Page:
March 1917 saw severe food shortages across Britain. The country needed to become self-sufficient in crops, particularly corn and potatoes, to feed the population in order to win the war. But farming manpower was sparse due to recruitment into the army and farmers were unwilling to work with novices. In Scotland, Neville Chamberlain, appointed Director of National Service identified 12,000 men in city jobs across Scotland who had previously worked in agriculture. He urgently requested their temporary release to help farmers to plough the fields and plant crops before the end of April, with just 6 weeks to complete the work. He identified policemen as having previously worked in agriculture and galvanised Glasgow Corporation into releasing around 90 of their police force to help on farms. Other local authorities in Scotland also contributed, so that by the end of April around 230 policemen had been released to help farmers, accounting for around 5% of the substitutes into agriculture in Spring 1917.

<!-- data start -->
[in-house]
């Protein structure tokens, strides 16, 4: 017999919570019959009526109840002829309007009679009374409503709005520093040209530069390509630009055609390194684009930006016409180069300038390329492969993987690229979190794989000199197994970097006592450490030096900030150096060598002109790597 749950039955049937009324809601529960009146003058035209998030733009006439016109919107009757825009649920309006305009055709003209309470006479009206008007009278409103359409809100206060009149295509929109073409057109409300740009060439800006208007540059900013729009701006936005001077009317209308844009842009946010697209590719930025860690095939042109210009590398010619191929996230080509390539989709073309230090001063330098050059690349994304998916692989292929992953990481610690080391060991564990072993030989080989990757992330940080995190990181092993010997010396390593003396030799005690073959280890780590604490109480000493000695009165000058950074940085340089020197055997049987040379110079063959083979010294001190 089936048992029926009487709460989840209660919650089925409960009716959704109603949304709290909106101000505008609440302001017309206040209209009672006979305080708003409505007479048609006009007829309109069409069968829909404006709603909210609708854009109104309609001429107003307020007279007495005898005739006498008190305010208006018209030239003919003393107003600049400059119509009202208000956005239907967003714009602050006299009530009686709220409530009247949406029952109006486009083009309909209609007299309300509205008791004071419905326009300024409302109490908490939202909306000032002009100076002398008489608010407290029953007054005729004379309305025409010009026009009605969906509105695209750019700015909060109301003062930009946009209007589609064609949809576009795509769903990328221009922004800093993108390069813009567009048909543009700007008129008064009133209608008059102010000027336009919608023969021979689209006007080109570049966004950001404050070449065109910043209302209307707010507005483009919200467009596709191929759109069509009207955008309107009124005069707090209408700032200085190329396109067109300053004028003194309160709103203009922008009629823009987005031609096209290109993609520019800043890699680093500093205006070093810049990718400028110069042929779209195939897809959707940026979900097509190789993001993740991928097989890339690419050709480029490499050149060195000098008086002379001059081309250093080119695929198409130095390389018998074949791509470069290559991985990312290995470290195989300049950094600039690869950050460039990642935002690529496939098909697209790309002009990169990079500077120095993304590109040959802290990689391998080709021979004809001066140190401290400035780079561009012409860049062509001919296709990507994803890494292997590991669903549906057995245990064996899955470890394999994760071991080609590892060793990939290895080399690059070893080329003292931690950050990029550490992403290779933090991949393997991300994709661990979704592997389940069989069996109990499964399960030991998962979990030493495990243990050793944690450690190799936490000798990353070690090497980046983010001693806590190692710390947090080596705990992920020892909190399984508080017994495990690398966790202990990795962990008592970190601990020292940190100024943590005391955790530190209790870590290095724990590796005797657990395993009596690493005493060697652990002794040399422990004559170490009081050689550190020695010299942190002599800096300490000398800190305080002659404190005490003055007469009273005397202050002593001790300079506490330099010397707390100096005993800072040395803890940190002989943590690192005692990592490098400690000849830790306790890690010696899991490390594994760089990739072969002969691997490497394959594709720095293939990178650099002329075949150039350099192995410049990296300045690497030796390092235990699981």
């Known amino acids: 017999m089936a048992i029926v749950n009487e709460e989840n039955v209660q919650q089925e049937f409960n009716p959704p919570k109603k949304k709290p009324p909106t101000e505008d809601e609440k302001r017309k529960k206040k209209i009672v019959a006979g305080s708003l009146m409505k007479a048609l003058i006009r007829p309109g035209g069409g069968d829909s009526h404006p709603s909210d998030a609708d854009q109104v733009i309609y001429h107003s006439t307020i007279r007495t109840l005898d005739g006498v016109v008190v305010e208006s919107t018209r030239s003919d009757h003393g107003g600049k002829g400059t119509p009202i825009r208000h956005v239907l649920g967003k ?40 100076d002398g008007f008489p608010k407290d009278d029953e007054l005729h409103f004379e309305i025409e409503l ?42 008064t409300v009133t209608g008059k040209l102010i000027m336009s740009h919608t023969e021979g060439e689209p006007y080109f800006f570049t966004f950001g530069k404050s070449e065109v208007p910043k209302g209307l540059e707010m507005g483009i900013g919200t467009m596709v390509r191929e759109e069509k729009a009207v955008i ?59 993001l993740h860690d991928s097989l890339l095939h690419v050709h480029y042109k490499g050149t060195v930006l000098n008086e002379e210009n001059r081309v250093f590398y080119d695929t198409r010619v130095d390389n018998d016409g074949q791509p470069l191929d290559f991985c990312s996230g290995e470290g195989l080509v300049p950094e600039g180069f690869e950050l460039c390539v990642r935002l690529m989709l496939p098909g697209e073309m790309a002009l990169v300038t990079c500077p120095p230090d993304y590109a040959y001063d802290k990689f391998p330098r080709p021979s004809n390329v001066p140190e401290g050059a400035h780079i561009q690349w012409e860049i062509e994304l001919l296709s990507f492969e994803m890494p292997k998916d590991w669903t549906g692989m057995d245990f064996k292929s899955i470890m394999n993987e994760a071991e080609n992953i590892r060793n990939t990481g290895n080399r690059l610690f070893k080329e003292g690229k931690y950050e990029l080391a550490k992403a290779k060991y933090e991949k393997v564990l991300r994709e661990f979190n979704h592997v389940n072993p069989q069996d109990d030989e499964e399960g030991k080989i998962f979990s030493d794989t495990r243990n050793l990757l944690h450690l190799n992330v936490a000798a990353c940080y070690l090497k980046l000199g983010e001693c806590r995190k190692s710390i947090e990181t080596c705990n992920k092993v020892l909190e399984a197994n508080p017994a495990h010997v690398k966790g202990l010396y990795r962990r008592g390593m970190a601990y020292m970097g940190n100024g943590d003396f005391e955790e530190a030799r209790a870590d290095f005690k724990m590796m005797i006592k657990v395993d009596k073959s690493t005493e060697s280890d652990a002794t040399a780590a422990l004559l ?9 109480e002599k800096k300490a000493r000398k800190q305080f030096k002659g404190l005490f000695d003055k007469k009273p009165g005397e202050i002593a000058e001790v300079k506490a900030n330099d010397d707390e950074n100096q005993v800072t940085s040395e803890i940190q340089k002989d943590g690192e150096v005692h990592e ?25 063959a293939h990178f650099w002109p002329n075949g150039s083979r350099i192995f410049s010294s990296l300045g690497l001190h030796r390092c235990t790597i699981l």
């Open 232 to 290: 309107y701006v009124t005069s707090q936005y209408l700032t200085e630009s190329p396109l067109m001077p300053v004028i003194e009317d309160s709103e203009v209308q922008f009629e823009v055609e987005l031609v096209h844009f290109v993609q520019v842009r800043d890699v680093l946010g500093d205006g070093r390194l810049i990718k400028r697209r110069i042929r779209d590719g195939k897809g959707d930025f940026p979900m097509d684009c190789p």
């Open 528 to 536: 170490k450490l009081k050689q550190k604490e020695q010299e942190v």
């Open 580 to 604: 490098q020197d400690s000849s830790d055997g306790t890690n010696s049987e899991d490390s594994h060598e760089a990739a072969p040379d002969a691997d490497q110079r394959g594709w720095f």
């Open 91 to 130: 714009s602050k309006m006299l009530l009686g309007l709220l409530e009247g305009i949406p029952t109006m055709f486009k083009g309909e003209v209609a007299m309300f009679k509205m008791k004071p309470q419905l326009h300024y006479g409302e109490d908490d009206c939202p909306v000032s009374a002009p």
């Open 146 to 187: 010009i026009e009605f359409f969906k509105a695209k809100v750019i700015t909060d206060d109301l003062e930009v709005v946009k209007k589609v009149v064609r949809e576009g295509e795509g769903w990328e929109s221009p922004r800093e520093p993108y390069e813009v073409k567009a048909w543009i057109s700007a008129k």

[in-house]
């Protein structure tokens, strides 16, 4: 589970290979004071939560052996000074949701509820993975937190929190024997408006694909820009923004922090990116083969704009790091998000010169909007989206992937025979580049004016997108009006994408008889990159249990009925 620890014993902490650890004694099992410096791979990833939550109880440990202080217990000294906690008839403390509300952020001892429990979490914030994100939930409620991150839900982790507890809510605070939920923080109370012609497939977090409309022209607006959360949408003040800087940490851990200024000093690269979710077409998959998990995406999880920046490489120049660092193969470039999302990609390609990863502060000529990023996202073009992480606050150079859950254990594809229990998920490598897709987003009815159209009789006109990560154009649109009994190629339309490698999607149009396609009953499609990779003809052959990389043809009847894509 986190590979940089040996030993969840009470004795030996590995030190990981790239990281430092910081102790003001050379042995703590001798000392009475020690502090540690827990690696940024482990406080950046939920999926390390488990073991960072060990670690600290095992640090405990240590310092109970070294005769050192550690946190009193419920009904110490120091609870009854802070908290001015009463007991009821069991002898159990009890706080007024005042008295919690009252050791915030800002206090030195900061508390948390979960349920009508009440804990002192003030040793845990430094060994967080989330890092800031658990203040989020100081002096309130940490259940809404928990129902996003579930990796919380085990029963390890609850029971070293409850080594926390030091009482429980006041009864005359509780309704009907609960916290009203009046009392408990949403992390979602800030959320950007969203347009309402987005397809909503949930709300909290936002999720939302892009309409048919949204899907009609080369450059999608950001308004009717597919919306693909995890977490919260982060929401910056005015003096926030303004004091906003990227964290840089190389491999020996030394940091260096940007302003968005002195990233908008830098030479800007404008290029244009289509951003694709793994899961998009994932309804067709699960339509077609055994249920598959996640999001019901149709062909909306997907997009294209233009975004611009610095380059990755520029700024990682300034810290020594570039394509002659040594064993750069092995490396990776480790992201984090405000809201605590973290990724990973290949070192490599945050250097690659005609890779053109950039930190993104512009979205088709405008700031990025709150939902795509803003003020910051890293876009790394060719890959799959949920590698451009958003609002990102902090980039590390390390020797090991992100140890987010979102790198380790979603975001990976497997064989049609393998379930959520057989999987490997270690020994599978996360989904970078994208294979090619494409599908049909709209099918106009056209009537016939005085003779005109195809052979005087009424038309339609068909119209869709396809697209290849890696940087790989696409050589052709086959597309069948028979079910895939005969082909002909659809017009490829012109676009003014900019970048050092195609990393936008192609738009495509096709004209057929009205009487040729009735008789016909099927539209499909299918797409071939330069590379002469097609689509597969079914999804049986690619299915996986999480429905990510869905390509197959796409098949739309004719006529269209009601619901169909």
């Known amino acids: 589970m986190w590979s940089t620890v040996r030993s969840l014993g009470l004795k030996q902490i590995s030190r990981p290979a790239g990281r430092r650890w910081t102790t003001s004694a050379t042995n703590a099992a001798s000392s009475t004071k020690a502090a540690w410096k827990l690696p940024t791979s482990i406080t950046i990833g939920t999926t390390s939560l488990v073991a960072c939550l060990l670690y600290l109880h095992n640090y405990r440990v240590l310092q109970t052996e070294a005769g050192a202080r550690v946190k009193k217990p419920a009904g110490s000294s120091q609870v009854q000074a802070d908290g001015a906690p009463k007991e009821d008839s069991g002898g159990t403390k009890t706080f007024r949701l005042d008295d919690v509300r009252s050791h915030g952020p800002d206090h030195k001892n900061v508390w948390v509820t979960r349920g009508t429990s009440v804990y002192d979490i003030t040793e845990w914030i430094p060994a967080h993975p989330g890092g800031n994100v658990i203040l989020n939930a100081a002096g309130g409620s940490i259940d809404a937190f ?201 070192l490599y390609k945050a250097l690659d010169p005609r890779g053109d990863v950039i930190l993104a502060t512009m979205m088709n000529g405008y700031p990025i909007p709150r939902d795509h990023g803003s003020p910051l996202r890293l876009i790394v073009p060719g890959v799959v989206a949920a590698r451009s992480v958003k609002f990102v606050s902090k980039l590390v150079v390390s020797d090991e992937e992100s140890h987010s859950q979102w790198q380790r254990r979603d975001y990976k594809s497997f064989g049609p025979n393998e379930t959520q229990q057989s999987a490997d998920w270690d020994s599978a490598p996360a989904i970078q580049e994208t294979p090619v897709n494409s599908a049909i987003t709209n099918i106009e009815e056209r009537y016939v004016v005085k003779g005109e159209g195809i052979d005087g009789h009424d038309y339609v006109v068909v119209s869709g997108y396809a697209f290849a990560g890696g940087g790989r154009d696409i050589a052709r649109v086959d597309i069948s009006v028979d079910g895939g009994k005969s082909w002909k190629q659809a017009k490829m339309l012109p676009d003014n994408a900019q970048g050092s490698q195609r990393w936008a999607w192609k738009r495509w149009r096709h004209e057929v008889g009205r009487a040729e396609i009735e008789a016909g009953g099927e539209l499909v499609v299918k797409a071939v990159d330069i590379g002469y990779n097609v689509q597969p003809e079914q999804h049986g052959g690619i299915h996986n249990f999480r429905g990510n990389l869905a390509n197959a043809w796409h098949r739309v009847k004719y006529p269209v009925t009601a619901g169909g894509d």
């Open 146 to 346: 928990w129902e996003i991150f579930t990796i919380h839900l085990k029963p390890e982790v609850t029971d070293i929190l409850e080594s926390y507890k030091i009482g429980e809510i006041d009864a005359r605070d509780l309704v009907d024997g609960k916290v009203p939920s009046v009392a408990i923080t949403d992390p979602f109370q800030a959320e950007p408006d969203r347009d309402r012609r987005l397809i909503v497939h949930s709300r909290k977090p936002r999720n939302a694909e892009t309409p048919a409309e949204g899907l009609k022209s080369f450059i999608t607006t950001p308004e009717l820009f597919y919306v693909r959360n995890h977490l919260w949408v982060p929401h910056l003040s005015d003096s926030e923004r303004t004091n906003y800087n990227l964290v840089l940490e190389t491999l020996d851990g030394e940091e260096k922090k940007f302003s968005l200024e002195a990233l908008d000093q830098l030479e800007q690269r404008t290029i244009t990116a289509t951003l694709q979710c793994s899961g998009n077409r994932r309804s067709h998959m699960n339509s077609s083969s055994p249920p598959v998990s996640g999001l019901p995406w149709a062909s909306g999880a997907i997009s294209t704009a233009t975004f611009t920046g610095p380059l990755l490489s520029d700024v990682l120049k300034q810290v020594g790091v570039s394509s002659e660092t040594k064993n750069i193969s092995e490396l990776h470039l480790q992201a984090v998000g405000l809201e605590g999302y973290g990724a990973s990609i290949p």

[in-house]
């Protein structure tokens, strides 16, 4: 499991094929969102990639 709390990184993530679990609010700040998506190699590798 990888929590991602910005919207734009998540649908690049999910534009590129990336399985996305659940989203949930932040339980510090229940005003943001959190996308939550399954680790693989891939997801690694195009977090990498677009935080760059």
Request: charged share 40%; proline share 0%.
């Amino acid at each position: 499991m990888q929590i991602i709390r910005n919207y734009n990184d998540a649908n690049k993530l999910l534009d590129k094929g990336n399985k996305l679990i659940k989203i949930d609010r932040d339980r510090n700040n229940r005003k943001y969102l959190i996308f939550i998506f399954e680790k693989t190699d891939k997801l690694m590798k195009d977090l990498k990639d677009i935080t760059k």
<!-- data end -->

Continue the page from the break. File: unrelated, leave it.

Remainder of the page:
As a result, agriculture in Scotland was able to increase its production of crops, compared with the harvest of the previous year, as shown below:
|*The crop of oats was an all-time record. These significant increases gave hope that the nation would not starve despite continued food shortages.|
|But increased manpower was also needed for the harvest. Help came from 2,000 schoolboys, 15,000 soldiers, 500 policemen and other civic employees, so that the number of policemen released into agriculture had doubled by the harvest, and 450 men lent by private employers.|
101. The National Archives [TNA] CAB 24/33/22; [TNA] CAB 24/34/96
Sixth report of the Board of Agriculture for Scotland for the year ending 31st December 1917. Cd. 9069. Parliamentary Papers.